As shown in FIG. 2.A,B,C,D,E,and F, a user interface that is familiar to users and mimics traditional publishing is necessary to entice change. People have a tendency to be averse to change, and are usually more comfortable with things that are known or familiar. By keeping with a standard book or comic book format, the end user can be comfortable enough to begin adapting to this new publication method. The linking technologies discussed on FIG. 2.D,E,F are used in such a way as to work with the purchasing process shown in FIG. 1.A, to be as non-invasive as possible to the user's experience. If the user experience becomes convoluted or too cluttered, it could turn off users and result in a slower adoption of digital publishing. By using traditional text linking 203, or picture linking 204, but using them in a targeted purchasing model, as opposed to a targeted or non-targeted advertising model, companies can make more money without disrupting the user experience.


FIG. 3.A

In addition to the linking technology being used as a mechanism to conduct additional purchases, the referencing technology can also be used as illustrated in FIG. 3.A. In the illustration a panel 301 or picture is blown up 305 to allow a user to view the content in more detail, and to ease reading. One of the reasons for slow adoption of published content to cell phones, televisions or computers is that the content might be hard for some users to see, or read without strain: using the technology 305 specified could lead to a better user experience. While using the reference linking technology to blow up the picture 305, it should be noted that it would still be possible to use the reference linking 203, or 204 inside the blown up picture as shown in FIG. 3.A to still purchase additional content.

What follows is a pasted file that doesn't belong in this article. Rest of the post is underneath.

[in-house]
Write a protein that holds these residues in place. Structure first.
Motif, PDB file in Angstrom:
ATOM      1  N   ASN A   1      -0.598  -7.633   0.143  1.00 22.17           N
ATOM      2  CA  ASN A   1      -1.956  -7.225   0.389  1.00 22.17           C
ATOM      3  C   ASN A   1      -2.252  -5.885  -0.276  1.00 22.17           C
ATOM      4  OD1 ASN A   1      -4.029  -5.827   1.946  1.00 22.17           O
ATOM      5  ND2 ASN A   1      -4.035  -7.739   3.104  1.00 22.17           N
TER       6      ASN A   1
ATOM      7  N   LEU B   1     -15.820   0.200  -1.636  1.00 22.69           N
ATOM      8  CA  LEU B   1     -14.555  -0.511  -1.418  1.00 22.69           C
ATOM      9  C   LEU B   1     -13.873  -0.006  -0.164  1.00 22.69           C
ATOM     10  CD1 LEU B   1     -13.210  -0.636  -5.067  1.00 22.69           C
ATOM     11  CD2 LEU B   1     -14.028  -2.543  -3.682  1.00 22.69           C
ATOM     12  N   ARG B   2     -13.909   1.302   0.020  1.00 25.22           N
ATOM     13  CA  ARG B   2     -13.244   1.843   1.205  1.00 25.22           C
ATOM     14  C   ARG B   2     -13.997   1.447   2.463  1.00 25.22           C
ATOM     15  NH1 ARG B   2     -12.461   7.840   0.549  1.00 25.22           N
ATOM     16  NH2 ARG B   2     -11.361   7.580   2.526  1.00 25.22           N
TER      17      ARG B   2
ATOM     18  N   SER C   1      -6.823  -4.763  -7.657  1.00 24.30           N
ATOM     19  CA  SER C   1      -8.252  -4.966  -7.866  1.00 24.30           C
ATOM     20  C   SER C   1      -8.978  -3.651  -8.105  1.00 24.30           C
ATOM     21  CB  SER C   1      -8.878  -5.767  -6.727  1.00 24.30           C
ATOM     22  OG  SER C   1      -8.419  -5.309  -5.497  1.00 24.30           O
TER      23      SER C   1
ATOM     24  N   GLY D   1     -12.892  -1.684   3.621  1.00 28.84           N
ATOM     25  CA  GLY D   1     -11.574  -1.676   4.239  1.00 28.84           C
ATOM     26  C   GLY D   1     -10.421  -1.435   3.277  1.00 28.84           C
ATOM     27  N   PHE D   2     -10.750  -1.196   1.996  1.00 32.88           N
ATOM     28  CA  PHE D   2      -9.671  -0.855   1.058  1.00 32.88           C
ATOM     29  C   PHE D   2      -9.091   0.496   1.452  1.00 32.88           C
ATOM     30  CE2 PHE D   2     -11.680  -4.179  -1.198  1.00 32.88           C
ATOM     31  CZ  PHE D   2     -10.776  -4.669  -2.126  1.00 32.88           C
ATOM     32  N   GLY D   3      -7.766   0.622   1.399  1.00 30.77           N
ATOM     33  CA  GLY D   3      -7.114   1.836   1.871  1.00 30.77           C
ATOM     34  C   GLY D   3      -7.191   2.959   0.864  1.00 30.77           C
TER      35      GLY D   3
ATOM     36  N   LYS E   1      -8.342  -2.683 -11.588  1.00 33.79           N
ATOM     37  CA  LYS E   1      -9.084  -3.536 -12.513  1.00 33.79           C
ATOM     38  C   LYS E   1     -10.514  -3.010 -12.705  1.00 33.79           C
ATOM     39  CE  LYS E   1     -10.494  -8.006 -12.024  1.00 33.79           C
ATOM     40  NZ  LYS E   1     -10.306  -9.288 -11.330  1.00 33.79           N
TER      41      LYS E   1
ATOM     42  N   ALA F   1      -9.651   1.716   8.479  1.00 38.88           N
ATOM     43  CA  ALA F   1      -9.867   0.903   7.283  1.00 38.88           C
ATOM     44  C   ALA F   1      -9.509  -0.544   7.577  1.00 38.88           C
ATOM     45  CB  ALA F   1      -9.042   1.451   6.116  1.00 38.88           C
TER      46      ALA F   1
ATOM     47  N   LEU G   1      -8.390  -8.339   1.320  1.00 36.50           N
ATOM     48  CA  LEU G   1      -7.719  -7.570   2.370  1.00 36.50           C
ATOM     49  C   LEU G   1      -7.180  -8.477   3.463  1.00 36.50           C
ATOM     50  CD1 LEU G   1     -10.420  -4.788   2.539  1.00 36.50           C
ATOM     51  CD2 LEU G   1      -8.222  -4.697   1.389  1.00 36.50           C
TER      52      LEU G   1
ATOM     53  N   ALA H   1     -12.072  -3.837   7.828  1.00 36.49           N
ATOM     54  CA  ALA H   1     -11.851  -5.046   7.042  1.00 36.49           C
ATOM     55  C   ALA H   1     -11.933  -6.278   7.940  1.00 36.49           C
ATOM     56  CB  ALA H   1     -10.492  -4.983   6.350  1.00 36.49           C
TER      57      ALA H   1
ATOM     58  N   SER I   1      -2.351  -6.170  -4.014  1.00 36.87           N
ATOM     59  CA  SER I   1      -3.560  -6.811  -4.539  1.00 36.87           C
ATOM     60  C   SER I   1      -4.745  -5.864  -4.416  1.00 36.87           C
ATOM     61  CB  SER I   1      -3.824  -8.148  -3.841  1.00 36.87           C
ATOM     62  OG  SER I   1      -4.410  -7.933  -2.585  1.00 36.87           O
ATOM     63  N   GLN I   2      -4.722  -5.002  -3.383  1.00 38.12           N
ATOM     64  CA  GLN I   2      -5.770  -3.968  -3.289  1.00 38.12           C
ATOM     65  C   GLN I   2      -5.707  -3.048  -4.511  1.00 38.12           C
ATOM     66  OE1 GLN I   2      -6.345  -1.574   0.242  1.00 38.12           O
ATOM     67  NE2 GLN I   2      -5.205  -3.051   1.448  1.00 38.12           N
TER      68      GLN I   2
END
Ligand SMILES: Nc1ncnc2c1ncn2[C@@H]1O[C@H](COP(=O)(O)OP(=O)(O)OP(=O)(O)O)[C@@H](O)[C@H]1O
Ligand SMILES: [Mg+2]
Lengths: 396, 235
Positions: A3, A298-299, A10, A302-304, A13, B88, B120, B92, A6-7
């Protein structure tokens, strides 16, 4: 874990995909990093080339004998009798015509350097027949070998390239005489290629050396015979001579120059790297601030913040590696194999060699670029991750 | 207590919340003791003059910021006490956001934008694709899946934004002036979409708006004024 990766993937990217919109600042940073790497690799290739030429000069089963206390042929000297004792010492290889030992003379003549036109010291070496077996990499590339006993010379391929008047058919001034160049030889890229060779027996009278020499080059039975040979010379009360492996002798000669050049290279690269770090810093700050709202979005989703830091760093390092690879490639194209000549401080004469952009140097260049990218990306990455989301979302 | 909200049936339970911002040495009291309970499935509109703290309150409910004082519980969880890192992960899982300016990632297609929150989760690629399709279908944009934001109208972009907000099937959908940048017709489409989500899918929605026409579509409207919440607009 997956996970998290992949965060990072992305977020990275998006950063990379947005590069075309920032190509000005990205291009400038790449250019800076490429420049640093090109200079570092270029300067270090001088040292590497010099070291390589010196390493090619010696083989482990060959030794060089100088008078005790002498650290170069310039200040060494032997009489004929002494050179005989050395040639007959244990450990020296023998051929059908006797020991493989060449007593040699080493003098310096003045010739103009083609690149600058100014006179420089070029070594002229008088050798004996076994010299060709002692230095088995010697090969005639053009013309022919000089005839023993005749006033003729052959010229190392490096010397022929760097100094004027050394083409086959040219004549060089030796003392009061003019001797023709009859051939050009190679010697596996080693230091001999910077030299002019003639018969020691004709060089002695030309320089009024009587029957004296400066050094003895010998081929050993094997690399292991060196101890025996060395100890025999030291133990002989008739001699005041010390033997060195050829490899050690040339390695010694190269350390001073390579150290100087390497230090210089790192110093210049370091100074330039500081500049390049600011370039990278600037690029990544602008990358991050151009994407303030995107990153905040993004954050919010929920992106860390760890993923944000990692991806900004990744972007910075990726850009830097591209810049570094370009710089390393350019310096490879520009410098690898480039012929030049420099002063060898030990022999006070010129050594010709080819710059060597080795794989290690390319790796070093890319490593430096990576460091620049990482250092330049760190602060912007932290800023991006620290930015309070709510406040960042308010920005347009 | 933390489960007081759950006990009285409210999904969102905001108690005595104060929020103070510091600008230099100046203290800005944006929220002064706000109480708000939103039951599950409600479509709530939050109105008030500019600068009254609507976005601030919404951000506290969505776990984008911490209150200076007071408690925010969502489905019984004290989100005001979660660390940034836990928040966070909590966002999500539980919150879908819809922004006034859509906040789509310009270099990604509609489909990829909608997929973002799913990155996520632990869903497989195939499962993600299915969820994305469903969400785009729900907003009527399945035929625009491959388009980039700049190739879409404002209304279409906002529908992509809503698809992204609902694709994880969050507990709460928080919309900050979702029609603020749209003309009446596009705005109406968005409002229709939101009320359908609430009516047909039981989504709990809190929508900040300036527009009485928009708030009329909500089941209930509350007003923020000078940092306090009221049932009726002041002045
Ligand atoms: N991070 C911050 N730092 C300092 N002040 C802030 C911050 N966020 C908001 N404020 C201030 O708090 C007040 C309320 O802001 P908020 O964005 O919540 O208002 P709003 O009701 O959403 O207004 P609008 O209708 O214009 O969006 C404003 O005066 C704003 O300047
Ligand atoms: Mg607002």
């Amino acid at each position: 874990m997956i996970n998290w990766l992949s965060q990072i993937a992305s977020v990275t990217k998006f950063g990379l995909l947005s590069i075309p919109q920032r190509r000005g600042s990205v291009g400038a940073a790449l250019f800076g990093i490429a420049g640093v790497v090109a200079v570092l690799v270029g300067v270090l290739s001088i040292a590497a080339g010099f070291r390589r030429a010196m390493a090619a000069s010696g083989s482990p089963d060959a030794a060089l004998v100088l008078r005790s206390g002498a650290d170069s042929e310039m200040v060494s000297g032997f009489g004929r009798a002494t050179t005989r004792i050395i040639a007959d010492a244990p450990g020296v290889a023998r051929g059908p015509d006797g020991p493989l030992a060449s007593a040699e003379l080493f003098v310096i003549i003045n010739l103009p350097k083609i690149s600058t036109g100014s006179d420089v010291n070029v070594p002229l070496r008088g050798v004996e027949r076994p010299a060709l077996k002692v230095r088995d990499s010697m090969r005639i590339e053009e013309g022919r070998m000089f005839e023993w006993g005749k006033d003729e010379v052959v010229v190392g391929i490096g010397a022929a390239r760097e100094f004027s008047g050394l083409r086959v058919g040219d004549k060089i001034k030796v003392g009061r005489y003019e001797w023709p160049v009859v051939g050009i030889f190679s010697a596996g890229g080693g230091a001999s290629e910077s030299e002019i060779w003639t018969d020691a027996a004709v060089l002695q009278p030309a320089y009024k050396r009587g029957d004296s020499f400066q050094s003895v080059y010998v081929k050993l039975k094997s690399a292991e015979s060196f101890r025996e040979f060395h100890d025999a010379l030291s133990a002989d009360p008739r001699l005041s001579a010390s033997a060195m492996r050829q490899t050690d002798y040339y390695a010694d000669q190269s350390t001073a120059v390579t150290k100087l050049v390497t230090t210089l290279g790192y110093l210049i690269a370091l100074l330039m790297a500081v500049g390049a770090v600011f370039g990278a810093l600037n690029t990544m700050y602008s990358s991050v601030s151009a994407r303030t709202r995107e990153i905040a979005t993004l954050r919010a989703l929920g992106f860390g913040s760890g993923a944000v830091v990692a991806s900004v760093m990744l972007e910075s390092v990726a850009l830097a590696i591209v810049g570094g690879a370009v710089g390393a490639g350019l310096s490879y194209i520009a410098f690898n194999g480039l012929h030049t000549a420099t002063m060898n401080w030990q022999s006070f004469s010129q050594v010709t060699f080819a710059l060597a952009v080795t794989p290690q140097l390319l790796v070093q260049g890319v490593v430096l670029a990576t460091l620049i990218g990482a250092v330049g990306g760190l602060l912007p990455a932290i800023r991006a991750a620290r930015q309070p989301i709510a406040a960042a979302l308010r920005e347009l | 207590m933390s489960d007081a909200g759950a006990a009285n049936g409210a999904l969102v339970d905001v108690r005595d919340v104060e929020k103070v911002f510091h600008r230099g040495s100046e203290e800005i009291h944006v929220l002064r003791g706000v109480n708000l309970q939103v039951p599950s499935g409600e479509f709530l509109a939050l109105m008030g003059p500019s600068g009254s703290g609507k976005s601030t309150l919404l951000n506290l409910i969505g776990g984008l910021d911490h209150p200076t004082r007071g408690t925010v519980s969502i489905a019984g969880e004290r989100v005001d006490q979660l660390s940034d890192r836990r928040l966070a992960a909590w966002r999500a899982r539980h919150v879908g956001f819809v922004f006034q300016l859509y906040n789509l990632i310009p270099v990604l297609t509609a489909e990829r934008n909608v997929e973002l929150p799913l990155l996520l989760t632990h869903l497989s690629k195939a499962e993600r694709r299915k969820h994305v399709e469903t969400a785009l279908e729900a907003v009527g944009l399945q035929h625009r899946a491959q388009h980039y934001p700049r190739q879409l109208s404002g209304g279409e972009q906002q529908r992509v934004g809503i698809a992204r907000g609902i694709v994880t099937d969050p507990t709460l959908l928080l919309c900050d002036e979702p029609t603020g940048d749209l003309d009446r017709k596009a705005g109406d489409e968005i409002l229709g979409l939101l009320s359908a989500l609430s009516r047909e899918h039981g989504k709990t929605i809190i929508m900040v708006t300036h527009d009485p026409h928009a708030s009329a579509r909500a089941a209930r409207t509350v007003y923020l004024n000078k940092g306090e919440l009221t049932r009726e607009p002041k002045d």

As seen in FIGS. 2.D,E,F one can place a hyperlink, or some other embedded linking into a piece of digital content. One easy way of getting around the proposed patent would be to hyperlink to a separate website and have it pull up another window. This is pretty much the same process that has been described but without the added benefit of not disrupting the end user's experience. Where possible, redirecting the audience away from the content should be avoided as this causes confusion as well as limits the experience.

It is also possible to embed the linking into the program (reader) instead of the file, but this is an obvious attempt to circumvent the general business model and is not innovative as it is, in effect, doing the same thing.

Another option that circumvents this process would be to just keep a website with the content on it. While this is unique and it does offer it's own advantages, it doesn't allow for the captive audience the way that the reference linking model does, which is why reference linking built into content is of economic value.